These cancer diagnosis tips were written by our co-founder, Chris McHugh, who was diagnosed with late-stage inflammatory breast cancer in 1997. At the young age of 34, she was given 18 months to live, but her journey lasted nearly 6 years. She made it her mission to provide support, raise awareness, and educate others.
Managing a Cancer Diagnosis
During her treatment, Chris went through well over 100 rounds of chemo, a bilateral mastectomy, a bone marrow transplant, 6+ weeks of radiation and 42 days of IL2 injections.
She didn’t waste a minute of the life she was given; she made memories with family and friends, she taught the medical profession the symptoms of IBC so no other woman would go undiagnosed, she worked with lawmakers to ensure new drugs were made available, and she always made time to provide support for others who were newly diagnosed.
Chris was well acquainted with all the ins and outs of cancer treatment, and therefore, she felt it was important to offer her hard-earned advice to others. She wrote these tips on how to survive the life-altering cancer diagnosis in the hope that it would benefit someone else.
Surviving: Helpful Steps When You are Diagnosed with Cancer
- Get to the best National Cancer Center. Usually, a training school facility will have the latest treatments available. Sometimes you have to push until it feels uncomfortable to find the newest treatments. This is something we should do in life whether we are decorating or finding the best treatment.
- Cancer is BIG money business to hospital and treatment centers. You are hiring this professional, so get different opinions until you are comfortable. Remember this doctor will be with you until they die or you die. Does your doctor have the same goals as you do? Do you share the same values? Remember, YOU know your disease, you can make choices. No one will walk into the room and say they will cure you. You have to fight for the best treatment and care. I interviewed three doctors and asked them questions. The most important question to me was, “After I listen to your treatment plan, may I choose what I think is best for me?” My doctor answered, “absolutely!”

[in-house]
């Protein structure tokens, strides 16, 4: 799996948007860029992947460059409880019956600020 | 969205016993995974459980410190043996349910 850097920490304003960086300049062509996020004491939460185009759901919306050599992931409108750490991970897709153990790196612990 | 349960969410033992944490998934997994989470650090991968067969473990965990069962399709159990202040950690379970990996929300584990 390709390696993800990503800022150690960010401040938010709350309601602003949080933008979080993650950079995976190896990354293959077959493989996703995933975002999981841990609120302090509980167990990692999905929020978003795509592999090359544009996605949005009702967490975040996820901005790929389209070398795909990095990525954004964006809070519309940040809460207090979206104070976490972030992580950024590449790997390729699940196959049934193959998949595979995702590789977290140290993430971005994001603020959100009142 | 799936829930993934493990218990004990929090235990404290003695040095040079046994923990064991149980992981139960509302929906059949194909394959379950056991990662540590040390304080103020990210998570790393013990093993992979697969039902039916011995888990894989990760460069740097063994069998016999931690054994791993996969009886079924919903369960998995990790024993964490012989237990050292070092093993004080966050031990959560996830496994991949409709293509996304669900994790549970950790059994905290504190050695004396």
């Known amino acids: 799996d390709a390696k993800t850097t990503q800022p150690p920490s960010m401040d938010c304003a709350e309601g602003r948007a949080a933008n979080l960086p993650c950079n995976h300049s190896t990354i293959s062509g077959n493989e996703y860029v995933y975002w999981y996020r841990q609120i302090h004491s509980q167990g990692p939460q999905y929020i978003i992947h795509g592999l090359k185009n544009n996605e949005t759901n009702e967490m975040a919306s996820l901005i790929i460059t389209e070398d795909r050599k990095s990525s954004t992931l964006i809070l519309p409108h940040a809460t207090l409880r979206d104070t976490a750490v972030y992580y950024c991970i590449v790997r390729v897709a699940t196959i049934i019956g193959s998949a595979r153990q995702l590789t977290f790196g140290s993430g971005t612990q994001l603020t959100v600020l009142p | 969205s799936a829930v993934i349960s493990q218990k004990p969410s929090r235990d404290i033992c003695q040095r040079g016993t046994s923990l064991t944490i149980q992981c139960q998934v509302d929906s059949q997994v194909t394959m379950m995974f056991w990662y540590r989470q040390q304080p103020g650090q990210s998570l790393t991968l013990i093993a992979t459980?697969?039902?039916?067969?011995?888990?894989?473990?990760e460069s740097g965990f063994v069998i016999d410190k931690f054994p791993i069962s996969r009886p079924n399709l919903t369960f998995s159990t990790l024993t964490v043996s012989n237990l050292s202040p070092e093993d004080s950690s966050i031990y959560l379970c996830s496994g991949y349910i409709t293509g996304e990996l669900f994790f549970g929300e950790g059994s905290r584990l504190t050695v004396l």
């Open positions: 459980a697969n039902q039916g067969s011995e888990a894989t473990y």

- Make doctors aware of your life and your life stories. Make yourself human to them. Make sure your doctor knows you are loved. During my bone marrow transplant, I wore a button every day that said, “I AM LOVED.”
- Do not consider yourself a statistic. Doctors can only give you their human opinion. My attitude and my family’s love changed my statistics.
- Support groups were my lifeline. They know how you feel, making you feel less isolated.
- Wrap yourself in a blanket of love provided by family and friends. Allow others to take care of you so you can take care of yourself.
- You have choices…choose to be POSITIVE! A positive attitude has everything to do with it! Choose to make the most out of any situation, but don’t beat yourself up if you have a bad day. Forgive yourself and go on. 8. Be honest about your feelings with yourself and share them with family, spouse, and friends. Sometimes saying it out loud allows you to move on.
- Avoid toxic people. You know who they are. You work with them. You live next door to them. You may even live with them! Put a sign on the front door that reads “Don’t come in if you can’t be POSITIVE!”
- Financial burdens and giving up work both cause emotional strife. If you can’t work, remember you ARE working. Your job is to heal.
- Headphones and meditation. I couldn’t have survived without these two. Use your mind, it’s the most powerful tool you have. Learn to relax and understand your body. Let your heart and mind be open to messages.
- You’re not dying the day you’re diagnosed, so seize the day. Never lose your faith. Never lose hope and believe in prayer. Believe in miracles!
- My belief is to use the “Biggest Guns” they have, but remember treatment choices are as unique as your cancer is and as unique as you are. Life goals, general health, and age are all factors. When we use words like “win” and “lose” with cancer we are setting ourselves up for feelings like “failure”. You make the best choice at the time and don’t look back.
Although Chris passed away in 2003, she leaves the legacy of her timeless cancer diagnosis tips, helpful for anyone who has been recently diagnosed or is just beginning cancer treatment. Throughout her cancer journey, she played many roles including a caregiver, an advocate, and family and friends to those going through their own cancer journey, and wrote tips for each.
The links below provide tips specific to each role in a print-friendly version for your convenience.